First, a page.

The median price paid for all new and resale houses and condos sold in the Las Vegas metro area in August was $112,500, down 2.2% from July and down 13.5% from $130,000 a year earlier. It was the 11th consecutive month in which the median fell year-over-year.
The $112,500 median in August is the lowest for any month since the median was $112,000 in January 1995, and it is 63.9% lower than the peak $312,000 median in November 2006.
The median’s recent decline to a more-than-16-year low can be attributed to several factors: price depreciation; robust sales of low-cost foreclosures; robust sales to investors, who mainly target low-cost properties; extraordinarily low new-home sales (new homes tend to sell for more than resale homes); and higher-than-usual condo resales (condos tend to be the least expensive homes).
August new-home sales represented just 9.8% of all transactions, compared with a monthly average of nearly 30% of all sales over the last decade. August’s condo sales represented 20.3% of total Las Vegas sales, compared with a 10-year monthly average of 13.5%.
An alternative home-price gauge – the median paid per square foot for resale single-family detached houses – held at $67 in August, the same as in July but down 11.8% from a year earlier. The July and August figures were the lowest since the median paid per square foot was also $67 back in February 1994. The August median was 64.8% below the peak $190 paid per square foot in May and June of 2006.
Distressed sales – the combination of sales of foreclosed homes and "short sales" – continued to dominate, representing 70.0% of the resale market last month.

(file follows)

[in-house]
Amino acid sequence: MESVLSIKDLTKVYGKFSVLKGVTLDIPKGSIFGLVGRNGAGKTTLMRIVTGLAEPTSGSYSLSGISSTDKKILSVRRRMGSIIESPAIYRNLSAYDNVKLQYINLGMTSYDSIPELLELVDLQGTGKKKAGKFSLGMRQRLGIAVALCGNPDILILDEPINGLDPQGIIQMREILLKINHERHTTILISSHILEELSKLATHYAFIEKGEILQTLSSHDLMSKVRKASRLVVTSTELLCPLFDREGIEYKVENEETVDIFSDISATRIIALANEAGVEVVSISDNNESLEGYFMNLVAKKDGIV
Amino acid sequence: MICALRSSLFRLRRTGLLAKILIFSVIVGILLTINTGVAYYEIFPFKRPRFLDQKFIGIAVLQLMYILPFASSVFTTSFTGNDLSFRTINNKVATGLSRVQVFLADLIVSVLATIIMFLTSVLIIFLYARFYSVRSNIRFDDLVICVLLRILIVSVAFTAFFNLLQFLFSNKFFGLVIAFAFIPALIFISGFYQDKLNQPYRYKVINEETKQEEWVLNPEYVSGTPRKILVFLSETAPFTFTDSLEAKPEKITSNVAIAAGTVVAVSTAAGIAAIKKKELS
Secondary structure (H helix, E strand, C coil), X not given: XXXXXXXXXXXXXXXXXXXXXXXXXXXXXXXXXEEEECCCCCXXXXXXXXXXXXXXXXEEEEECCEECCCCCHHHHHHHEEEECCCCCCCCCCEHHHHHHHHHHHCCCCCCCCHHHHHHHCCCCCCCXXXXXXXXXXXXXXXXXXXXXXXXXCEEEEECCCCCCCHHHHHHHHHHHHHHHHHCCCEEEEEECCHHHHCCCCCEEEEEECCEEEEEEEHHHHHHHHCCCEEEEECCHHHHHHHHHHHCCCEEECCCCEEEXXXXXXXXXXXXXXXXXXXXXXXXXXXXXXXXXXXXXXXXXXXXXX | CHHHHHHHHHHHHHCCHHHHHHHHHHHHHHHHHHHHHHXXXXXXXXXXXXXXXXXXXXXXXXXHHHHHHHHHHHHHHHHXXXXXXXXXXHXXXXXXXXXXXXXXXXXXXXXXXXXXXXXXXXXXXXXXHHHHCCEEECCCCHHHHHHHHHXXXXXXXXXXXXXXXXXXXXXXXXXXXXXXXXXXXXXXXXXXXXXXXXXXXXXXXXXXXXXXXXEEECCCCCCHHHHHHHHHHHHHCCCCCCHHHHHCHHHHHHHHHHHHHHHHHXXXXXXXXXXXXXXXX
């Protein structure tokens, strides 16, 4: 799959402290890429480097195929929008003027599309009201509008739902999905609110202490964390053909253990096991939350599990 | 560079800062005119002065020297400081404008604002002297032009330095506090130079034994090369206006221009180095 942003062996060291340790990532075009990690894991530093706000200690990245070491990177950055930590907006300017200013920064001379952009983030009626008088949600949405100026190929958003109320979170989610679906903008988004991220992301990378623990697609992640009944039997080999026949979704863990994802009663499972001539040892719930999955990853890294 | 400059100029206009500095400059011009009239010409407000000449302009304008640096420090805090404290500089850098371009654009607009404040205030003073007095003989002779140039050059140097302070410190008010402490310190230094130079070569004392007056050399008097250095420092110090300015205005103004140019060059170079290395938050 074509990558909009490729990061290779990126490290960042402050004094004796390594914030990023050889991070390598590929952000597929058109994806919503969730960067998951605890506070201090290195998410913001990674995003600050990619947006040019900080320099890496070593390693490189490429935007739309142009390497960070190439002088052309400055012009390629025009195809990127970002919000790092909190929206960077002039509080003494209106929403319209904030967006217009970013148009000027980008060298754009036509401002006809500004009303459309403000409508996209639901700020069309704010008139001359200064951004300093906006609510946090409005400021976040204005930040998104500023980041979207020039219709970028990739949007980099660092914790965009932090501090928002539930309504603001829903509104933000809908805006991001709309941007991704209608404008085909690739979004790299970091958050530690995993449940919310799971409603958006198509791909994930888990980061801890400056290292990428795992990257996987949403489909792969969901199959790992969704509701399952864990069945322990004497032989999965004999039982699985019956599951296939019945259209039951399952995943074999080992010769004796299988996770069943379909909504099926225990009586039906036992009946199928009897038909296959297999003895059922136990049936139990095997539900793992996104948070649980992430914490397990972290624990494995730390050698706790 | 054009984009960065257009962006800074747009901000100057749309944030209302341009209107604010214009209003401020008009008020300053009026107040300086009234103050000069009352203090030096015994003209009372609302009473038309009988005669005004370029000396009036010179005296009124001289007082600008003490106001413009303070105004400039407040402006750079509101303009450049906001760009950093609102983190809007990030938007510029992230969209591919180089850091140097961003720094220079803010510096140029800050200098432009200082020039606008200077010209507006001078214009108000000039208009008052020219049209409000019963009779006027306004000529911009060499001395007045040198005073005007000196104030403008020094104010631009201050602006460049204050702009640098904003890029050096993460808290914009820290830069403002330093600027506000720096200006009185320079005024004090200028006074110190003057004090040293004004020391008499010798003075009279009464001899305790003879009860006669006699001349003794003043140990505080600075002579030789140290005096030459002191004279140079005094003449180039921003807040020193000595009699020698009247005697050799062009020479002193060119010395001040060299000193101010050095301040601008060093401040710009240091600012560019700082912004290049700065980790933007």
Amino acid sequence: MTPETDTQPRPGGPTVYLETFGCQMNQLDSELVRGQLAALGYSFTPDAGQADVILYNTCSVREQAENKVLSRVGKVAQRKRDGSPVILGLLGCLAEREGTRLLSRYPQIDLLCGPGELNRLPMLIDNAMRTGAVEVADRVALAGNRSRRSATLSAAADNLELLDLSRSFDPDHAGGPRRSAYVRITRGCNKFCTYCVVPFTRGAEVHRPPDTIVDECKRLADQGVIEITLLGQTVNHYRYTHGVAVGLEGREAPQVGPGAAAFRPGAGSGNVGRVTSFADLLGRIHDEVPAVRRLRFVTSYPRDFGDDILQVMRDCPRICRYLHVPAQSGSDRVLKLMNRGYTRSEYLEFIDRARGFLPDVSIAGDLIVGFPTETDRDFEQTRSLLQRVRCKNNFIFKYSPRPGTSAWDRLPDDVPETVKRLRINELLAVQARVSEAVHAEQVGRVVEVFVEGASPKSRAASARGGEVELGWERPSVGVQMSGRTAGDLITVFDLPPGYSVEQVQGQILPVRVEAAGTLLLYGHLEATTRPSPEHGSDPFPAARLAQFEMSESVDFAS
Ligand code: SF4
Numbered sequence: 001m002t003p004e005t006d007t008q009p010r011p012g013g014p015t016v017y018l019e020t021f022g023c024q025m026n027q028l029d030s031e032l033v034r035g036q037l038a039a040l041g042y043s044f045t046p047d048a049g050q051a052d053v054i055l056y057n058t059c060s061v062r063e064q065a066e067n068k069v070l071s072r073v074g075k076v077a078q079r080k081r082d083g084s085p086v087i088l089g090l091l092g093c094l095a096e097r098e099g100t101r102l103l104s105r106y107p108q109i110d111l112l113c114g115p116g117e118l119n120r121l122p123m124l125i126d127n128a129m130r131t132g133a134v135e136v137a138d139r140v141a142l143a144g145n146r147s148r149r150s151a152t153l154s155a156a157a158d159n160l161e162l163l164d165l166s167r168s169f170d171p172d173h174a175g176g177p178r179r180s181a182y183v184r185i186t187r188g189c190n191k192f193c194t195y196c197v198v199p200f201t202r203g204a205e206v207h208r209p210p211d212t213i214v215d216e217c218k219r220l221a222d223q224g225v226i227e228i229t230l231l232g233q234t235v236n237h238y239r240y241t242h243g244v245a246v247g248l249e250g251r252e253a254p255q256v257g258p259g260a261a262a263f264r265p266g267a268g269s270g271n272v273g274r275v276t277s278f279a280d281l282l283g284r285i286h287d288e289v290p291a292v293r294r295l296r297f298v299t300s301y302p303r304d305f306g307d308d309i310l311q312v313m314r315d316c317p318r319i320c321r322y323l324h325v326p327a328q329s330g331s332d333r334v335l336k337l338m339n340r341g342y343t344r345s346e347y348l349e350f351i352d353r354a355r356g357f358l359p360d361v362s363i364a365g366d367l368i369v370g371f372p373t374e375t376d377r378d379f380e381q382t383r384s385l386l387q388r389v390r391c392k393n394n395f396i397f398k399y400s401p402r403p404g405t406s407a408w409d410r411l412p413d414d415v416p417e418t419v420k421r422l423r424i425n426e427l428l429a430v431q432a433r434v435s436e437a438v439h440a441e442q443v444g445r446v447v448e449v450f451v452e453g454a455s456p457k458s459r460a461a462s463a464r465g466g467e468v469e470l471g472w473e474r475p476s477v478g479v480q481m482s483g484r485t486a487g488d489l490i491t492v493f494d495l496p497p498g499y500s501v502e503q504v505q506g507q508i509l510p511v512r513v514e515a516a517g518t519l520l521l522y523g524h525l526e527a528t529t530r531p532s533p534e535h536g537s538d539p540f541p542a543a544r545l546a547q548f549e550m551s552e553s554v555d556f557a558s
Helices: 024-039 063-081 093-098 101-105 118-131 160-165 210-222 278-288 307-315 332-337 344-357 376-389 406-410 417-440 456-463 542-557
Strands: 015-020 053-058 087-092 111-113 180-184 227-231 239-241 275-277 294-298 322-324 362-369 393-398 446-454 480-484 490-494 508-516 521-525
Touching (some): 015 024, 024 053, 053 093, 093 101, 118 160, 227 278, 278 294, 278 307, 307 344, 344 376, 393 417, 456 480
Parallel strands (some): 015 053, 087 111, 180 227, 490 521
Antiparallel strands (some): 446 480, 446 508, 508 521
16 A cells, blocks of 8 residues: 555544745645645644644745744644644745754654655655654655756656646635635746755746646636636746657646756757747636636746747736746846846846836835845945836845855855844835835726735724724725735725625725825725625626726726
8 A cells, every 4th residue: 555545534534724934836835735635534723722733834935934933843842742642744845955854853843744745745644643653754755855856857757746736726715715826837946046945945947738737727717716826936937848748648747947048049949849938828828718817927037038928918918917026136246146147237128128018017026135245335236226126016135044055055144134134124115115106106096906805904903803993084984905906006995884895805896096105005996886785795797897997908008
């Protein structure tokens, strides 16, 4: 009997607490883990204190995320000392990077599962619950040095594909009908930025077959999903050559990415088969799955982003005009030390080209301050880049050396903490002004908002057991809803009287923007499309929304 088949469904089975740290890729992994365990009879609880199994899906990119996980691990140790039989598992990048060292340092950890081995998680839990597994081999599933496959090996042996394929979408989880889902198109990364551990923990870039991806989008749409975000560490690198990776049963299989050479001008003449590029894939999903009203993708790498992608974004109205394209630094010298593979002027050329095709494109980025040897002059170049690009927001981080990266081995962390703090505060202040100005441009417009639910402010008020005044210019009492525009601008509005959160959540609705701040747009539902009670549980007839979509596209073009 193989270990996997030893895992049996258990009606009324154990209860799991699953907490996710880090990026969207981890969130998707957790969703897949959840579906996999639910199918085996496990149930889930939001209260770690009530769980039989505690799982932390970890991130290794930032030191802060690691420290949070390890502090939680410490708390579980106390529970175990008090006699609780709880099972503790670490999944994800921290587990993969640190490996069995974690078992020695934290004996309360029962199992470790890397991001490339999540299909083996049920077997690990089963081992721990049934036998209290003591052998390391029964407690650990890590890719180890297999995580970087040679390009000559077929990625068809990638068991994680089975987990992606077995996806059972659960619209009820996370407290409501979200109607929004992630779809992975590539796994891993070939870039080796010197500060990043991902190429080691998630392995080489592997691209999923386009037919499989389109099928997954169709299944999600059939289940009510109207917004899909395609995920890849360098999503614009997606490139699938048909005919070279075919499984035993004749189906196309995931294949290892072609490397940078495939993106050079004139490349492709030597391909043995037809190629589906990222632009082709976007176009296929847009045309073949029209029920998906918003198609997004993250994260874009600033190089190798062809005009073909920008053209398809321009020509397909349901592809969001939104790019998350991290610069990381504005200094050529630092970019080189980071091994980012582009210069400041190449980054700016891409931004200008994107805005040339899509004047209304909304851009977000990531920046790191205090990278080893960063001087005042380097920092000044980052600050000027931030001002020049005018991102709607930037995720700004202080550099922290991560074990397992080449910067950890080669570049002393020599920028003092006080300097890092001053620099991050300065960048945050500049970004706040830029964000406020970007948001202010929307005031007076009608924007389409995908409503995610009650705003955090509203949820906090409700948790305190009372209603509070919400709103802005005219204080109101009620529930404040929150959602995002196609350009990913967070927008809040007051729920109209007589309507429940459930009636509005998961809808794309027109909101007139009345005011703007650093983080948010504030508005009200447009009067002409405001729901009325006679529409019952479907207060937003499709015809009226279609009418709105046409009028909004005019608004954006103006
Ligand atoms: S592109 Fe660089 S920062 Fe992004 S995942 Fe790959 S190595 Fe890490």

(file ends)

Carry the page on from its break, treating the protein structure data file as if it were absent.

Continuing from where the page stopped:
Foreclosure resales – homes that had been foreclosed on in the prior 12 months – accounted for 57.2% of the Las Vegas resale market in August. That was down from 59.5% in July but up from 52.5% a year earlier. Foreclosure resales peaked at 73.7% of the resale market in April 2009.
Short sales – transactions where the sale price fell short of what was owed on the property – made up an estimated 12.8% of Las Vegas-area August resales. That compares to an estimated 11.1% in July, 16.5% a year ago, and 9.2% two years ago.
Mirroring a similar spike in California, the number of notices of default ("NODs") filed in Clark County last month surged to 5,354, up nearly 58% from July but still about 14% lower than a year earlier. A significant portion of the month-to-month gain in NODs reflects a nearly 190% increase between July and August in the number of NODs filed where Bank of America (BAC) is listed as the "beneficiary" – from 747 in July to 2,163 in August.
The sudden spike in notices of default filings, which represent the first step in the formal foreclosure process, appears to reflect, at least in part, a move by some lenders to employ new policies and procedures and work more aggressively through their backlogs of delinquent loans. It is unclear how long the upward trend will continue, and whether any sustained rise in NOD filings this fall will result in far more distressed properties on the market next year – something that would put downward pressure on prices.
The number of homes foreclosed on in the Las Vegas region in August fell from July but rose slightly from a year earlier. Lenders foreclosed on 2,477 single-family house and condo units last month, down 21.6% from July but up 0.5% from a year ago. The figures are based on the number of Trustees Deeds filed at the county recorder’s office.
During the first eight months of this year, 25,098 house and condo units were foreclosed on in Clark County, up 29.5% from the same period last year.
The foreclosure totals can include units that the county assessor has designated condos, but are currently used as apartments (e.g. a 100-unit complex designated as condos but used as apartments could be foreclosed on and those units would be reflected in the foreclosure total for that month). For this reason and others, the number of foreclosure filings has seesawed, and a single month’s increase or decline doesn’t necessarily indicate a new trend.
This article was republished with permission from The Street.